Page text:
and power had still an attraction for Sir Philip. He was a patriot after a sort. Conscious of the possession of great abilities, he was anxious to use them in the service of the public, provided always the public would allow him to exercise his abilities as he thought best. He would be a beneficent legislator, provided he had his own way. And thus, when Lord Grahame hinted at the want of the Constitutional party of a leader in harmony with their antecedents and associations, Sir Philip had no difficulty in coming to the conclusion that this, the grandest position of the empire, was one to which he might, without being chargeable with egregious vanity, fairly aspire. In fact, though Lord Grahame was cautious enough, and did not in any way commit himself, Sir Philip gave him to understand that if such a career were once open to him his seclusion from the world was at an end. Action on a grand scale, the excitement of debate, the lofty sense of responsibility, would, Sir Philip thought, be a better anodyne to his sorrow, than the gloomy and somewhat sulky seclusion in which he had recently lived.

It being thus well understood that Sir Philip's objections to return to public life were got over, Lord Grahame was very much surprised, on calling the next morning, to find that Sir Philip had gone to the Continent, and had left no address. It was true that, as he learned from his landlord, Sir Philip had arranged the day before to leave town; but Lord Grahame had expected that the interest he would take in ministerial changes, which were then imminent, would have chained him to the spot.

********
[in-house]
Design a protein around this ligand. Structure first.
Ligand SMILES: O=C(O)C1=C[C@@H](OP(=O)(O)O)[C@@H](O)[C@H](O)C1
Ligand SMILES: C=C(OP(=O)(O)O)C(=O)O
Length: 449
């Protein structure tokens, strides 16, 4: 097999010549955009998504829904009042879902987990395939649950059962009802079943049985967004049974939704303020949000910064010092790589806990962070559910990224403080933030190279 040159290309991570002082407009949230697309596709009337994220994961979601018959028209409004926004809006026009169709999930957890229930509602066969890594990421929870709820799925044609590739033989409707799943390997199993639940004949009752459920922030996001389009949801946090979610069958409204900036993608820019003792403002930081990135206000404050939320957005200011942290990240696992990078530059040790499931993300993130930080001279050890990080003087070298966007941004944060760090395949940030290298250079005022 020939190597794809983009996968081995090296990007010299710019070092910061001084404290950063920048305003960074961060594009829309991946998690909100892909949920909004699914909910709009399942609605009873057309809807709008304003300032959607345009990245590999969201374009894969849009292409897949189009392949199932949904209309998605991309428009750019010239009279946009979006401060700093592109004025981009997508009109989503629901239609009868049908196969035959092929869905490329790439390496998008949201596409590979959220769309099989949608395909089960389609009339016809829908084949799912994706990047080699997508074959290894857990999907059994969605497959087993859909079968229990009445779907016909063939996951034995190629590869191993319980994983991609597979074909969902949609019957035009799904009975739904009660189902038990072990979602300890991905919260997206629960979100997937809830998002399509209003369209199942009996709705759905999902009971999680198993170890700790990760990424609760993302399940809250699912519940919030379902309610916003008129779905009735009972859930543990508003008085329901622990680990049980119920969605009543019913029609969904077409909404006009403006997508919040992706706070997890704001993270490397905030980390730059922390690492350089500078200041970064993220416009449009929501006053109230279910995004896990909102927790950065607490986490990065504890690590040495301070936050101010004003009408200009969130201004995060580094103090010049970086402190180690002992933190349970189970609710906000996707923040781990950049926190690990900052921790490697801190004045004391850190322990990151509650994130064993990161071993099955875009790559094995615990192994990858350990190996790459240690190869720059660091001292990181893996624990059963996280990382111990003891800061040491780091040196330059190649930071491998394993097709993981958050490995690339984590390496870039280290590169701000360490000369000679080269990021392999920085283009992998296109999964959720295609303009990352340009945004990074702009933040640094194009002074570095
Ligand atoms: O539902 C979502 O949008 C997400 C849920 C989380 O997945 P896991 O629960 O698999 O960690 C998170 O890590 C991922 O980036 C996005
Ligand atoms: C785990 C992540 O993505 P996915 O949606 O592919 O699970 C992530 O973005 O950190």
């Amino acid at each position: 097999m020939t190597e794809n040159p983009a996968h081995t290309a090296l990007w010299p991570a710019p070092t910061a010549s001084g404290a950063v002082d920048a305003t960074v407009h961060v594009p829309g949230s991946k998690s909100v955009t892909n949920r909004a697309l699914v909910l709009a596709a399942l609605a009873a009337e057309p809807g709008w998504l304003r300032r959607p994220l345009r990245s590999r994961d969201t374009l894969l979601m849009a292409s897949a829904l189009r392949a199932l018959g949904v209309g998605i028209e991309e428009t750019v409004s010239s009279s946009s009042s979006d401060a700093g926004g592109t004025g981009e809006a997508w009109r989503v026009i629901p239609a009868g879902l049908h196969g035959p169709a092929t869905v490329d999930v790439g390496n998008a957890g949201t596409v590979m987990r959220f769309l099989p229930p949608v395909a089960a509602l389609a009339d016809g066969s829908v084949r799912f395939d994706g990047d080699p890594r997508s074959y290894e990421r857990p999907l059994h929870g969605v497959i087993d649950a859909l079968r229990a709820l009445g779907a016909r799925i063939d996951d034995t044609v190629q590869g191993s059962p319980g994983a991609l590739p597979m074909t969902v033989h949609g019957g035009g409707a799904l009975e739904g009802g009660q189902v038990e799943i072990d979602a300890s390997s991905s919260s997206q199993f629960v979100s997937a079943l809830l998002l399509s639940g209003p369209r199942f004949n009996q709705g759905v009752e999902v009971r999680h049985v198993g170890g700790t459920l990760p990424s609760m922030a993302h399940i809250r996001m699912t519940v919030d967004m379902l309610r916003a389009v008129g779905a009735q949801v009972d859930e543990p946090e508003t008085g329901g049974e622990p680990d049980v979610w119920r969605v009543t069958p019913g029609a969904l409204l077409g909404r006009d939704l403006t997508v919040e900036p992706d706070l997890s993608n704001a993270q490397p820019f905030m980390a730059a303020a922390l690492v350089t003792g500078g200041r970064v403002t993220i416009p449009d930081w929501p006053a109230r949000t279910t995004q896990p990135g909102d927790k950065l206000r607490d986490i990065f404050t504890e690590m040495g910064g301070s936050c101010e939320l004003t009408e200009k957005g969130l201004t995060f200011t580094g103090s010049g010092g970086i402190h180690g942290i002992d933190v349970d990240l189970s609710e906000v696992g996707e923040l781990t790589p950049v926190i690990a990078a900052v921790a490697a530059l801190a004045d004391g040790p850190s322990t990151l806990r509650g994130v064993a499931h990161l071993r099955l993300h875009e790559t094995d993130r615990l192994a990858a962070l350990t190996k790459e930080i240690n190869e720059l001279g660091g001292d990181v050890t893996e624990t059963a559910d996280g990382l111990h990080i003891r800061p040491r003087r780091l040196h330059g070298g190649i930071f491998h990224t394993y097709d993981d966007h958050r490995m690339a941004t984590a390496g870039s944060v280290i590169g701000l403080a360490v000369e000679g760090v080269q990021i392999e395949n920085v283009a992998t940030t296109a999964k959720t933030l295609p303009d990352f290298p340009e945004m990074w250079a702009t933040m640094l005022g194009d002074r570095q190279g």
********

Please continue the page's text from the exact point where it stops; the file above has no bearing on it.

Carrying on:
Lord Grahame did not doubt he would soon hear from his friend, and meantime he sounded the party on their change of allegiance. He was glad to find his suggestions eagerly taken up by not a few of those whom the Premier considered his surest supporters. He, therefore, fretted impatiently for a word from Sir Philip. He sent down to the country, but Sir Philip was not there, and had not given any hint when he might be expected back, nor had he left any address.

At last his lordship did hear of Sir Philip. He had been seen by Sir Hugh Grey at Amalfi ; and although Sir Philip did not, or would not, recognise Sir Hugh, this was what Sir Hugh, owing to his very amiable qualities, was accustomed to from time to time on the part of his most intimate friends. He contented himself by allowing Sir Philip to see that, on his part, there was no mistake in the recognition; and surmising that Sir Philip was anxious to remain incognito, he therefore communicated the intelligence by telegraph to Lord Grahame.

The session would soon 1 egin, and his lordship's credit was committed to the appearance of Sir Philip in the political arena